(London) Aviva Investors, the global asset management business of Aviva PLC, sees a potent combination of economic drivers underpinning a strong global recovery in 2021, resulting in an above-consensus outlook for growth. Although uncertainties remain, the COVID pandemic is passing, and successful roll-outs of vaccination programmes are allowing economies to reopen. Pent-up demand, large savings buffers and ongoing fiscal and monetary policy support will all help boost the recovery.
Despite worries about virus mutations and renewed lockdowns in a number of regions, businesses and households have shown themselves to be impressively resilient and resourceful. Successive waves of the virus have had less impact on real economic activity as both have adapted to sometimes rapidly changing circumstances.
Monetary policy is expected to remain supportive throughout 2021 and 2022, with recent changes in approach to meeting their inflation objective allowing central banks to keep policy looser for longer. The COVID reset has helped fuel major changes in the fiscal environment, with many countries shifting to bolder and larger interventionist demand management policies. The US is in the vanguard of such changes.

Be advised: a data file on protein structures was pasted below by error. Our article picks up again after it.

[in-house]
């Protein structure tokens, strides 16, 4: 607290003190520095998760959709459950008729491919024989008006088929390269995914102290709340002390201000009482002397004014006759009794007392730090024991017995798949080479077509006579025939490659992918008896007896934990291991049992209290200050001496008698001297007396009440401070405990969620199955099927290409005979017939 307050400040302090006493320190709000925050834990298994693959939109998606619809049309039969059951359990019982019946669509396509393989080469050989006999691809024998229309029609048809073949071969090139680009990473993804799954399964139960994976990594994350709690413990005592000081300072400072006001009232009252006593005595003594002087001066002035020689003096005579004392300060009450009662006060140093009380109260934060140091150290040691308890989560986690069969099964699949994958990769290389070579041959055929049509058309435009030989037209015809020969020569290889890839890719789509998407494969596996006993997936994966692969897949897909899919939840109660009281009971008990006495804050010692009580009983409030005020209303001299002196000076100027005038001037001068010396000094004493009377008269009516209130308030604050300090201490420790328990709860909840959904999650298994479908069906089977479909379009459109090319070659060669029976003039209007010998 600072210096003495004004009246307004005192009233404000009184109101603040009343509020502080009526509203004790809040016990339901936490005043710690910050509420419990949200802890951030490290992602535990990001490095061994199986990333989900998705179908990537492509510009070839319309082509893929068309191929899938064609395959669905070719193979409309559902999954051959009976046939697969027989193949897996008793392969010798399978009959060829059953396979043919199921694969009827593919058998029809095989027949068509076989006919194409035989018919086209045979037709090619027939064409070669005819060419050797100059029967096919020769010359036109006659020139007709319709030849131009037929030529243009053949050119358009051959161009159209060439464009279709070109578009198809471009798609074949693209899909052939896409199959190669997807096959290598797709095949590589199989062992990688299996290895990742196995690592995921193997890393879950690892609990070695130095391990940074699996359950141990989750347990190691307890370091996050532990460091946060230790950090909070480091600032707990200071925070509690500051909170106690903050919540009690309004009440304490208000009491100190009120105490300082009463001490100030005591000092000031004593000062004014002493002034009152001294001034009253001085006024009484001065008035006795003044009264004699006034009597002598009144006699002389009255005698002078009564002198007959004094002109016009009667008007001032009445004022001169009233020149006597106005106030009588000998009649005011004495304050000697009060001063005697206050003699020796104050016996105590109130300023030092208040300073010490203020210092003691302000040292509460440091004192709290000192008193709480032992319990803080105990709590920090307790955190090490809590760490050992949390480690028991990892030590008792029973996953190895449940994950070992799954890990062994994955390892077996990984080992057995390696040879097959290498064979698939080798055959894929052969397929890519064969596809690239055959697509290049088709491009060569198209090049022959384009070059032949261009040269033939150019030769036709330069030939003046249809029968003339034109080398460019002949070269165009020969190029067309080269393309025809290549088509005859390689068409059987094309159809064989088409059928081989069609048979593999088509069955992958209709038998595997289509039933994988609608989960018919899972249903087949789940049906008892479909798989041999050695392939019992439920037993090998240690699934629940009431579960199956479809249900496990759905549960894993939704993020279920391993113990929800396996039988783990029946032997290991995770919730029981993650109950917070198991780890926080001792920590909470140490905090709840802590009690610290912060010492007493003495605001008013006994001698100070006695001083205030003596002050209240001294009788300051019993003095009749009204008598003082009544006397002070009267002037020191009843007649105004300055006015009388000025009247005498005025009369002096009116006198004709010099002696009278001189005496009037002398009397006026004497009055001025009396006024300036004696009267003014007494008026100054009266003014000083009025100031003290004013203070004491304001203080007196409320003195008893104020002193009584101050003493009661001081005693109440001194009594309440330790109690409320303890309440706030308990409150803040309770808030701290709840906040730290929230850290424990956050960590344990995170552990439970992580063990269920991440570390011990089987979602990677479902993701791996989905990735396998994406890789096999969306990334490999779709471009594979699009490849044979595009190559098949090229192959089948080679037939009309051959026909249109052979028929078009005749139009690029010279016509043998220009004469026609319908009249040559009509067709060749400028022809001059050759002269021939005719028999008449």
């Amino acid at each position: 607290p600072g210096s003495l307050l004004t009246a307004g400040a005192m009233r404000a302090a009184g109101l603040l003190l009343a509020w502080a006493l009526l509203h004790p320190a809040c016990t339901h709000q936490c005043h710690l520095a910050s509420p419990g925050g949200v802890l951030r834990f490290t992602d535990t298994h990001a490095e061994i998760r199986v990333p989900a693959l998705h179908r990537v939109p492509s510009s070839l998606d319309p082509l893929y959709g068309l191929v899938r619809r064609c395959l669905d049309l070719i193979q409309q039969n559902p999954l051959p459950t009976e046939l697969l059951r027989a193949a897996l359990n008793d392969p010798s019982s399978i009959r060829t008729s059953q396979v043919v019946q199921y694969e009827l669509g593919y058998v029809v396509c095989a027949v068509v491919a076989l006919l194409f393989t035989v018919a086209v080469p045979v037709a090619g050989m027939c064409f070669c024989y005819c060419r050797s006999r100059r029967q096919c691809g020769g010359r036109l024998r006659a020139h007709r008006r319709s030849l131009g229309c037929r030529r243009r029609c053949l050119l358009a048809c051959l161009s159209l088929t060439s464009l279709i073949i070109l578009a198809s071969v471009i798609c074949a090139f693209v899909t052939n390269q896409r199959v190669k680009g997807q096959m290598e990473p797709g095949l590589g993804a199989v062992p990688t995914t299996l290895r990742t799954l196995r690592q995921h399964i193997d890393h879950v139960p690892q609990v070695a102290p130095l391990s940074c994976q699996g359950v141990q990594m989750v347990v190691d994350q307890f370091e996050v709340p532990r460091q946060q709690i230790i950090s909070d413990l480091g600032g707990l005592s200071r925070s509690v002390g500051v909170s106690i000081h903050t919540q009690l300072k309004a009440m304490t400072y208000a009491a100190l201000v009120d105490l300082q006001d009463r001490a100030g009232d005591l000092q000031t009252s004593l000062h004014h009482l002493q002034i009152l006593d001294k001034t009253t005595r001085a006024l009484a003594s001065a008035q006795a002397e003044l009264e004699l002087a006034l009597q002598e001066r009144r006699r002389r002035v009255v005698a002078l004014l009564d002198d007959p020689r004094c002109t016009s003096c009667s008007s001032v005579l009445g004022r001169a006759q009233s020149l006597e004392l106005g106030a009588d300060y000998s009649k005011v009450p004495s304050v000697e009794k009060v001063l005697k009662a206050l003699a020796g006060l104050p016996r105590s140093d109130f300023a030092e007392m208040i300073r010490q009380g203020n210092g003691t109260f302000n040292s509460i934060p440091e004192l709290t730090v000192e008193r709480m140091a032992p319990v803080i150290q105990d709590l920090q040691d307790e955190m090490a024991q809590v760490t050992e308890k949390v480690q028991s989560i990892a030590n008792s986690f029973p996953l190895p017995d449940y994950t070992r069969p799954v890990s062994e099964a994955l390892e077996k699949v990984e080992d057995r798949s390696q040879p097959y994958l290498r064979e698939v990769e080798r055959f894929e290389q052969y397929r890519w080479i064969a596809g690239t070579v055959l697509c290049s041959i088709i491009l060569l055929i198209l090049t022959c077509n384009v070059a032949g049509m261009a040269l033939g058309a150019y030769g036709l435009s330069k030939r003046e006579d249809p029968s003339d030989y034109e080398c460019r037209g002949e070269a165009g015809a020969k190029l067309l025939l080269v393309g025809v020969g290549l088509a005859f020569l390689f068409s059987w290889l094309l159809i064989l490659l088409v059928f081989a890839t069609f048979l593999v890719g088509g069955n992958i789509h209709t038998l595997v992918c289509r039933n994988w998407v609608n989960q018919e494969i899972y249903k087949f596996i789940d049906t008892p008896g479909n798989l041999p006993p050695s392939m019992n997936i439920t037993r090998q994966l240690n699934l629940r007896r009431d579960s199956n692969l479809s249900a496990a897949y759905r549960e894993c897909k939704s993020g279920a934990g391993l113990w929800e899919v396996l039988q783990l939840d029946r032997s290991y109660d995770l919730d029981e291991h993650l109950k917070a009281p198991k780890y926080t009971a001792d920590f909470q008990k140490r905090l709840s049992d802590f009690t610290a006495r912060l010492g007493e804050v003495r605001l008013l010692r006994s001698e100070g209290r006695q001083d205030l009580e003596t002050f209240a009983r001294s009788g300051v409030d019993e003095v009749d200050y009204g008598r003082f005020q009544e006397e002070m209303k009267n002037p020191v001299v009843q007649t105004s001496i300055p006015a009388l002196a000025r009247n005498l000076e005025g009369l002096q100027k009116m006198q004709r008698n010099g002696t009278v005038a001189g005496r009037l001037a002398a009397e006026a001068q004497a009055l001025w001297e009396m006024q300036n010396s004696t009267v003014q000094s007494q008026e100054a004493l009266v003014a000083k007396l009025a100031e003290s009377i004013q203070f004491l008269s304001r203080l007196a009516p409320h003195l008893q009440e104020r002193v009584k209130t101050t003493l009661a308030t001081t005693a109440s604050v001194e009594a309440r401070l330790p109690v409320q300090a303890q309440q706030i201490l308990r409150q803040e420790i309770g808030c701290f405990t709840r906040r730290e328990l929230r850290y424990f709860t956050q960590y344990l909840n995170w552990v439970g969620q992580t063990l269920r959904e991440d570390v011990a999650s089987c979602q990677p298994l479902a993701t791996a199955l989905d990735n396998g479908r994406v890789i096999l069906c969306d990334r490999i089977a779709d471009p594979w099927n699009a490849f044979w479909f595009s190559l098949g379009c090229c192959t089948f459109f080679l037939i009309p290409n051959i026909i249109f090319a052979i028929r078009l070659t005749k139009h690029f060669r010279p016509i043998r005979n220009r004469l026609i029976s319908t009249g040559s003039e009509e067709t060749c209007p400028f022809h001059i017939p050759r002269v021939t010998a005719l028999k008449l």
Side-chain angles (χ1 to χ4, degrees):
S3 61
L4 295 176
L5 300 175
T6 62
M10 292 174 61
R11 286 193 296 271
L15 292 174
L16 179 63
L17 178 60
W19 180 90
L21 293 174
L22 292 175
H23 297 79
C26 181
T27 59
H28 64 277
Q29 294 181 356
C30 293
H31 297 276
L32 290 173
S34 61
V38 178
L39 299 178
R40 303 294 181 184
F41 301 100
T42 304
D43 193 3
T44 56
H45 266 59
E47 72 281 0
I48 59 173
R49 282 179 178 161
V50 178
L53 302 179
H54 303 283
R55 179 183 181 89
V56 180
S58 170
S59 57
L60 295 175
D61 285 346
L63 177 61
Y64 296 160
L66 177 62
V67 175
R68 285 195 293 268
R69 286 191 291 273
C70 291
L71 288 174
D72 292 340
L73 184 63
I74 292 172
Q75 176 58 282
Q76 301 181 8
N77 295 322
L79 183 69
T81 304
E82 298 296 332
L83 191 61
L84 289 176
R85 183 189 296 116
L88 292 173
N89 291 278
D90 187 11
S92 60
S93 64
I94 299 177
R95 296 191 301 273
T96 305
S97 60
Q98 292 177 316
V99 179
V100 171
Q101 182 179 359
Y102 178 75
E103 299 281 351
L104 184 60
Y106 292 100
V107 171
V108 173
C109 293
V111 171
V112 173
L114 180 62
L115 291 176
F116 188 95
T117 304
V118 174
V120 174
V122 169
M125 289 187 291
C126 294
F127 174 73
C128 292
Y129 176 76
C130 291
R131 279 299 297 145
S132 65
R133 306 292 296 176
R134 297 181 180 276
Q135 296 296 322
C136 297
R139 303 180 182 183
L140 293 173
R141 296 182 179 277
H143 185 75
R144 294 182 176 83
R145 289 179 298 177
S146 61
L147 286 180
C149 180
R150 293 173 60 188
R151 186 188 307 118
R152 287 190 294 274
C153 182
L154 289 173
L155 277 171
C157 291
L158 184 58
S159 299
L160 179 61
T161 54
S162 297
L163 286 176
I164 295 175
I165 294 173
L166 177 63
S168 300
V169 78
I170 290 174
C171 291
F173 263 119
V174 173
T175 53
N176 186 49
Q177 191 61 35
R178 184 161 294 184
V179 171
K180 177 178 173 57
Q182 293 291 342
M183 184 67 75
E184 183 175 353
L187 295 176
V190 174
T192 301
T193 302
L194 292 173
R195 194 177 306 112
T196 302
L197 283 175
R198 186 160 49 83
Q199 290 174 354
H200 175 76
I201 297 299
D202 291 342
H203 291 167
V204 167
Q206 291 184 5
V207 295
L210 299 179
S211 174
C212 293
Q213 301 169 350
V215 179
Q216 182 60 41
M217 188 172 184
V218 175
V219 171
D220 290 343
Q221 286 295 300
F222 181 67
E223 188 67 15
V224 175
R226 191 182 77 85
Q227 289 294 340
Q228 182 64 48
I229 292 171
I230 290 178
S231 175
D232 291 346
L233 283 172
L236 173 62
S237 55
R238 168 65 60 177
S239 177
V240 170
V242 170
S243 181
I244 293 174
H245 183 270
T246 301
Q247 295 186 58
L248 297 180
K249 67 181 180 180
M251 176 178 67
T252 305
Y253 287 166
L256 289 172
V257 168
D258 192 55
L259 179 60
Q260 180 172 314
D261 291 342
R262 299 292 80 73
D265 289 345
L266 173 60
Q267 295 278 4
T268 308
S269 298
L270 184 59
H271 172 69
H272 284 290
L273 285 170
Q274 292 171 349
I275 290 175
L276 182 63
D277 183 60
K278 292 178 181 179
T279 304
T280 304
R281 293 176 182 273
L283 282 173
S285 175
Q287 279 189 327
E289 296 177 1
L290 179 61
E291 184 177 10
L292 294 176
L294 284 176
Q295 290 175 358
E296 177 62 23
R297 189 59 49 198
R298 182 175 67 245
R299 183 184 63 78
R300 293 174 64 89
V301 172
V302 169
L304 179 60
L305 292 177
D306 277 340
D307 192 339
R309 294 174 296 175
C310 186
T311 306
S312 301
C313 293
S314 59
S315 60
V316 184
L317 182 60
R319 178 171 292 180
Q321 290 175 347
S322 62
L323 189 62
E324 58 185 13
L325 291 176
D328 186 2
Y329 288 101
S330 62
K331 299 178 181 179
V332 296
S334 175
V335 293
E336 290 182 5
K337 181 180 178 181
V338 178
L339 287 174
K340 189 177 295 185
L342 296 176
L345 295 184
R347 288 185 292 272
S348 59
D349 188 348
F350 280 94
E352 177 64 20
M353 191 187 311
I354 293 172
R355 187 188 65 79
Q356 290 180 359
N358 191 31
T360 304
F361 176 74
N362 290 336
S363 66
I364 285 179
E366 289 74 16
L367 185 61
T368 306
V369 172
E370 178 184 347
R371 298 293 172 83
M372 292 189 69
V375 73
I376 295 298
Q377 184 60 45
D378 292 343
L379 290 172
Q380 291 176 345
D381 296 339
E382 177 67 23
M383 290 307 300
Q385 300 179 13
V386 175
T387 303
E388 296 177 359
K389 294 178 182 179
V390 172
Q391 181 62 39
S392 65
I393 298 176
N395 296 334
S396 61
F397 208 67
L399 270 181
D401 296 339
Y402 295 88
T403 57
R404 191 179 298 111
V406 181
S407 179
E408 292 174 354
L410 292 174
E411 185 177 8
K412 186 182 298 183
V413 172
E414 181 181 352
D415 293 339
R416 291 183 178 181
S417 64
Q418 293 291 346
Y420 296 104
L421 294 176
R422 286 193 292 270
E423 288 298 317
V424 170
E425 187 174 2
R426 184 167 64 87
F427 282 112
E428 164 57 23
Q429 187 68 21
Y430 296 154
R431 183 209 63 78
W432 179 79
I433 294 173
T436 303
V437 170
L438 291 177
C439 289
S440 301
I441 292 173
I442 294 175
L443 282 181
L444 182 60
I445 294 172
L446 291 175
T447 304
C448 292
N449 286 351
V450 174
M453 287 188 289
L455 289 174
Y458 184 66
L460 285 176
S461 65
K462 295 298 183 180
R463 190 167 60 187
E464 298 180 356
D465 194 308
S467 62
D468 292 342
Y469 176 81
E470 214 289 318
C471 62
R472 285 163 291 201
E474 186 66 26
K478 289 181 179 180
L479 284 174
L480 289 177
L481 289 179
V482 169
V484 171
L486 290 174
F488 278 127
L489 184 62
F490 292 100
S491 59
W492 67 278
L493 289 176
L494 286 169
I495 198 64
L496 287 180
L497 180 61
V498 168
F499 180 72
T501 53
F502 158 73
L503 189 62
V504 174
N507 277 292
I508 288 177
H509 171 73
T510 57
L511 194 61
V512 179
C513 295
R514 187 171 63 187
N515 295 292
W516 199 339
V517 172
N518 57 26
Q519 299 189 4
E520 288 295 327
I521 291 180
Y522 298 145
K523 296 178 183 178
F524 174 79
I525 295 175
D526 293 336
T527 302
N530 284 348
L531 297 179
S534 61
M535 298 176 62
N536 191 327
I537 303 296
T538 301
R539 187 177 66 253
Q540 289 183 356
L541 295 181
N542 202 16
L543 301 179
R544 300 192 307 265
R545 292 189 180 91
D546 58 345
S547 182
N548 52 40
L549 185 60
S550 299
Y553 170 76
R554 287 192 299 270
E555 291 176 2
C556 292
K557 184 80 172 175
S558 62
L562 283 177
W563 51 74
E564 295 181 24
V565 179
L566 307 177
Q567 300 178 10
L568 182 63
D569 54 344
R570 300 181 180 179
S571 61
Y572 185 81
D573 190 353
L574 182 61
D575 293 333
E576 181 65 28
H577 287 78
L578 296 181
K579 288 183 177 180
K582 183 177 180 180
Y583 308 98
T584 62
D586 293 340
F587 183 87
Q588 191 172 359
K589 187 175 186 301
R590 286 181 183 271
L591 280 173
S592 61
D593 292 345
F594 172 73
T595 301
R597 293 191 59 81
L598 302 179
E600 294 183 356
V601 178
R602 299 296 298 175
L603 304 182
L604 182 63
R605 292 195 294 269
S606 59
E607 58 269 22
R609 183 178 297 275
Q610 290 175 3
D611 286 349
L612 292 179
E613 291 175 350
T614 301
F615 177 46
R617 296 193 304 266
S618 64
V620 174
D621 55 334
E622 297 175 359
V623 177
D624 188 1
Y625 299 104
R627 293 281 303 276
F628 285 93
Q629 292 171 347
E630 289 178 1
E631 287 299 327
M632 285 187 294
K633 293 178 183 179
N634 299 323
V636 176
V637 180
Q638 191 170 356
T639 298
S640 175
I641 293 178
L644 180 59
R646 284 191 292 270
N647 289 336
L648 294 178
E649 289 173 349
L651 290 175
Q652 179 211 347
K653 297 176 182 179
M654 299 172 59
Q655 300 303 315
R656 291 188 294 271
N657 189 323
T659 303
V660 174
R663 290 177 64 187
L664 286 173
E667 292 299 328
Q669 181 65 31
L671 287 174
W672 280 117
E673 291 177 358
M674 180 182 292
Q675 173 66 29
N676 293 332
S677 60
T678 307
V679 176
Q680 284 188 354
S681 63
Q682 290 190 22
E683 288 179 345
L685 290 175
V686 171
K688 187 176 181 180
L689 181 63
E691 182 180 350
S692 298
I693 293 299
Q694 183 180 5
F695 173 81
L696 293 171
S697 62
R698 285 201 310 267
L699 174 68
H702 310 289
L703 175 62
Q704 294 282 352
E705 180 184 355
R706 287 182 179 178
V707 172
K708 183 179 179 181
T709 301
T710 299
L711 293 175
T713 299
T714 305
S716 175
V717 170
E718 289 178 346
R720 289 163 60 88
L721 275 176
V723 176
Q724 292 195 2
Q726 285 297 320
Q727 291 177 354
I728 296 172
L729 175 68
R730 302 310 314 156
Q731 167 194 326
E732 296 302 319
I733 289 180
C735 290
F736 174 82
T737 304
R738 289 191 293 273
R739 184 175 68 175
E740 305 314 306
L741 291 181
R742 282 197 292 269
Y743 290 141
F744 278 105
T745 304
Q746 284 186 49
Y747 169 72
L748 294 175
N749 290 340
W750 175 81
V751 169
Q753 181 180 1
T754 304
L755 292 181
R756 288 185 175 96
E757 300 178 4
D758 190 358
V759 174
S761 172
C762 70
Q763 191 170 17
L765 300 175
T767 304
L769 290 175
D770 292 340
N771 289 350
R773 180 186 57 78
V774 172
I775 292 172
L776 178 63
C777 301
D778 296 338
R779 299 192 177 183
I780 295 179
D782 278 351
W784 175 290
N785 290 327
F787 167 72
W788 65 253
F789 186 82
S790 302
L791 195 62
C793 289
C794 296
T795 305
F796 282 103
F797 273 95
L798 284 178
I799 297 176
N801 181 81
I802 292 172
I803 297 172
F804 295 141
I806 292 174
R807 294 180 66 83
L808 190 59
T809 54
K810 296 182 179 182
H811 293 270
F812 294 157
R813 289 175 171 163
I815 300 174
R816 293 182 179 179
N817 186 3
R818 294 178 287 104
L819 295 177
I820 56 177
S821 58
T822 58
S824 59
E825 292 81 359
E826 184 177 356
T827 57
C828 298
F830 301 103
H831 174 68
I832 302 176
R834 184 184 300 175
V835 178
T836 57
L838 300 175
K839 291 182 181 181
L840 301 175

Michael Grady, head of investment strategy and chief economist at Aviva Investors, said:
“Given our strong growth expectations, as well as the balance of risks, we prefer to be overweight global equities, especially in US and UK markets. We are modestly underweight emerging market equities because of the anticipated headwinds from higher US bond yields, weaker local currencies and tighter domestic monetary policy.
“Higher sovereign bond yields largely reflect the brighter economic outlook as well as increases in public borrowing. Central banks maintaining rates near the effective lower bound will keep the short end of yield curves anchored, but there is scope for longer-term yields to rise further. As a result, we prefer to be modestly underweight duration.
“The upside from tighter credit spreads appears to be more limited, given the narrowing that has already taken place, so we prefer to be slightly underweight. We are mostly neutral on currencies, with the previous mildly negative view on the US dollar now more nuanced, given the more rapid growth trajectory expected there compared to other regions.”